WATCH NOW: “How the Internet of Things is Remaking Homeowners Insurance”
With every new device adopted, the opportunity for insurance carriers in the smart home grows. Today, one-third of U.S households are connected and we are expected to reach 55% in the next 3 years. Greg Katai, VP of Strategic Partnerships at Yonomi, discusses how these opportunities could transform traditional insurance models in the future on a panel hosted by AM Best’s, John Weber.
The connected home market has highlighted a clear roadmap for insurance applications where carriers avoid loss and help their customers build safer homes. The opportunity for insurance companies, however, is beyond the reach of traditional insurance models.
Entering the connected home market for insurance companies is complicated, to say the least. There are many challenges that lie ahead for providers and among the most paralyzing, according to the panel, is managing connected hardware and their device ecosystems across millions of homes.
For example, there are early proof points that leak detectors work for insurance applications and the ability to automate devices together impacts even more use cases. Insurance providers have to choose which devices to support and to what extent. The devices themselves must reliably transfer the necessary streams of data for insurance companies to validate discounts and claims.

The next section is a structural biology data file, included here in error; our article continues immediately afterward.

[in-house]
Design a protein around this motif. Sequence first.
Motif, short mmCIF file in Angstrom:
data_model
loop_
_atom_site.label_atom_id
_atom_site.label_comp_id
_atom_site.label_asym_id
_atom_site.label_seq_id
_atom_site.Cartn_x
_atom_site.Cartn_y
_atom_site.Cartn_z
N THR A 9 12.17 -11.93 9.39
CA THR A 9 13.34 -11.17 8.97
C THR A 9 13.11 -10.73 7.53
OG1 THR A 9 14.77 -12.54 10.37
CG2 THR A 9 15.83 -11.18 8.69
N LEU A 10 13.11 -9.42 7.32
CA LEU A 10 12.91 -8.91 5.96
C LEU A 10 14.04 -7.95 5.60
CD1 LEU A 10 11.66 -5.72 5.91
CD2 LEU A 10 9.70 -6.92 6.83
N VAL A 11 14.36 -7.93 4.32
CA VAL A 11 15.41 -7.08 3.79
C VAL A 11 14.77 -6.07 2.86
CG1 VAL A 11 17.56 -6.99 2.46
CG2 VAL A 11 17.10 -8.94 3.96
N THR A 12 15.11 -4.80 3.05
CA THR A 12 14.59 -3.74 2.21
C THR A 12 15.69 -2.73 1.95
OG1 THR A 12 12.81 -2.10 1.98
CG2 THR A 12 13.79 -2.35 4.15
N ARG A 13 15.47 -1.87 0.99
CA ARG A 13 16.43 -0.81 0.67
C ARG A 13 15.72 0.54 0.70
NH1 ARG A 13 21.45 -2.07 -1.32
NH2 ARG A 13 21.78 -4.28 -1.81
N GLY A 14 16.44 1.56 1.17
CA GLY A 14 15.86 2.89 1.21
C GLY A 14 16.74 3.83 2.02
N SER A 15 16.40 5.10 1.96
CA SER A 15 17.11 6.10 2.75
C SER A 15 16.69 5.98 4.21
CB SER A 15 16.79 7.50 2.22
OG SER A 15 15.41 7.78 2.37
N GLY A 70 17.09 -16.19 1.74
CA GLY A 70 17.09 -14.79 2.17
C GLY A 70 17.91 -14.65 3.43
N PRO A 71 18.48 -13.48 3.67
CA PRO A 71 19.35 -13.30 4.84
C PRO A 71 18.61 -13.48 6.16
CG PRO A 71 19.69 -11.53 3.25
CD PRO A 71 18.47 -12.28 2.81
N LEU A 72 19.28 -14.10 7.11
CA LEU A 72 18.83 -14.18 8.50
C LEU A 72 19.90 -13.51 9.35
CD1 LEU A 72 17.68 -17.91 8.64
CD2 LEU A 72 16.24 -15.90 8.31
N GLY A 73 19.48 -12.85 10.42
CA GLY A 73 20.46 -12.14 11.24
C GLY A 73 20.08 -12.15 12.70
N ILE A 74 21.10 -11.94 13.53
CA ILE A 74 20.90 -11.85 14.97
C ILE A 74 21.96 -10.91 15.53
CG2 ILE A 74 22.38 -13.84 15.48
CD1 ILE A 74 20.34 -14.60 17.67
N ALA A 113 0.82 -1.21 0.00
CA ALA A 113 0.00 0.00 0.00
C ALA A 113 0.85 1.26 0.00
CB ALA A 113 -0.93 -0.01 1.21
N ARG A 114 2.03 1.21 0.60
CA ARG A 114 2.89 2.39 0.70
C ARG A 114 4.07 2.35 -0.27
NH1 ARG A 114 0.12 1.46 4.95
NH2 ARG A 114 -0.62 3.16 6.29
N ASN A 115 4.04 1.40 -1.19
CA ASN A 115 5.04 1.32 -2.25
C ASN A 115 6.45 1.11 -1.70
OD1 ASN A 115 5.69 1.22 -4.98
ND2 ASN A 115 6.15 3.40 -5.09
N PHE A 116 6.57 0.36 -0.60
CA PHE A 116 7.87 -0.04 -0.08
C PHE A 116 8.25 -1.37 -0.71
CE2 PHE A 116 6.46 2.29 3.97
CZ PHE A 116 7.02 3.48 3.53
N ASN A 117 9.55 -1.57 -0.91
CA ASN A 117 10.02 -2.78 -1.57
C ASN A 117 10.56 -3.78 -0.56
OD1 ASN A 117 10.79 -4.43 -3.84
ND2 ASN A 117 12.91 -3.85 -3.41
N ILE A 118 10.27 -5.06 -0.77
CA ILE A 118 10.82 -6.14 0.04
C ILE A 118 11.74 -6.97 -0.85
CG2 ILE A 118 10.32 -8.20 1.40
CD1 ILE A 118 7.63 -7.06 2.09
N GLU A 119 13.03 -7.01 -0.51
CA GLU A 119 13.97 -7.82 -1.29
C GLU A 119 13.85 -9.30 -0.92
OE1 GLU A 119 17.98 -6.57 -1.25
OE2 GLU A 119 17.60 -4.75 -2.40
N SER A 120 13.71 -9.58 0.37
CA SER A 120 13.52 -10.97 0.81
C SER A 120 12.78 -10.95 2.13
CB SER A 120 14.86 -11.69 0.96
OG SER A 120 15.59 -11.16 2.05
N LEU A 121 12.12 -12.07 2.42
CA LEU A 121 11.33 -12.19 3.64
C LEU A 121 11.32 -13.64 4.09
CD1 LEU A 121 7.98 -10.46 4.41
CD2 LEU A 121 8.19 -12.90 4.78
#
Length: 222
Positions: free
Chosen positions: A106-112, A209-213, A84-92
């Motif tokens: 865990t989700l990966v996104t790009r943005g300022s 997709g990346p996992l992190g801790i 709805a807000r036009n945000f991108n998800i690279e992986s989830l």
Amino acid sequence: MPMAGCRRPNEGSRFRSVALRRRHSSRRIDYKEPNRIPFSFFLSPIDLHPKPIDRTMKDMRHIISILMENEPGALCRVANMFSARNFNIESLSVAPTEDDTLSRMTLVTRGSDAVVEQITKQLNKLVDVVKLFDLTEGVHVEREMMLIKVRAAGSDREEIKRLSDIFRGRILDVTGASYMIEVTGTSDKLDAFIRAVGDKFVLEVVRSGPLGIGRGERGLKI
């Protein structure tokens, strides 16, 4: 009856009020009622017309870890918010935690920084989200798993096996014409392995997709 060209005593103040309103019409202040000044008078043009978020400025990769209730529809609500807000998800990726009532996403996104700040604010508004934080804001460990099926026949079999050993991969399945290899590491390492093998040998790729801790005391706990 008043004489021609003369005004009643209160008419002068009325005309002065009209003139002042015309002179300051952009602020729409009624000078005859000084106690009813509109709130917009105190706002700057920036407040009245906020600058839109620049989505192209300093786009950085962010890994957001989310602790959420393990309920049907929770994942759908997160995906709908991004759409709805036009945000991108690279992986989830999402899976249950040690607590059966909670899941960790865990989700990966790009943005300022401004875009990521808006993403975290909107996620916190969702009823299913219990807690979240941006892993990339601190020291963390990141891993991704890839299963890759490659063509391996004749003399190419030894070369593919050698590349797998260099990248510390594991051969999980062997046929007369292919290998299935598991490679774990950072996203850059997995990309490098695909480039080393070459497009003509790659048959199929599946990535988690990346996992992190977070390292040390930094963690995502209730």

By entering consumer IoT and the connected home, insurance companies are charging a transformative path for their business models.
Despite these challenges, insurers agree that they must find the sweet spot between complexity and price. A real opportunity exists for providers to be left behind waiting for the ideal moment as traditional models are challenged by InsureTech startups and other non traditional players.
“If we sit here 5 or 10 years from now and all we have done with IoT is delivered 5 to 10% in discounts on home insurance for our customers, then we might have a problem”, says Dan Davis, Director of Emerging Markets at LexisNexis Risk Solutions.
Providers should leverage IoT ecosystem partners who can accelerate learning. Companies who are actively learning and building partnerships will be the ones who ultimately take the lead.
By changing the way insurance companies think about traditional data streams, providers can begin to uncover reliable and creative solutions from which both insurance companies and consumers can benefit. The opportunity for insurance companies to enter the smart home is here, it’s now, as Greg says, “these technologies are here and here to stay, we are only beginning to scratch the surface”.
Watch the full panel below.
Full Panel: “How the Internet of Things is Remaking Homeowners Insurance”
About the Panelists
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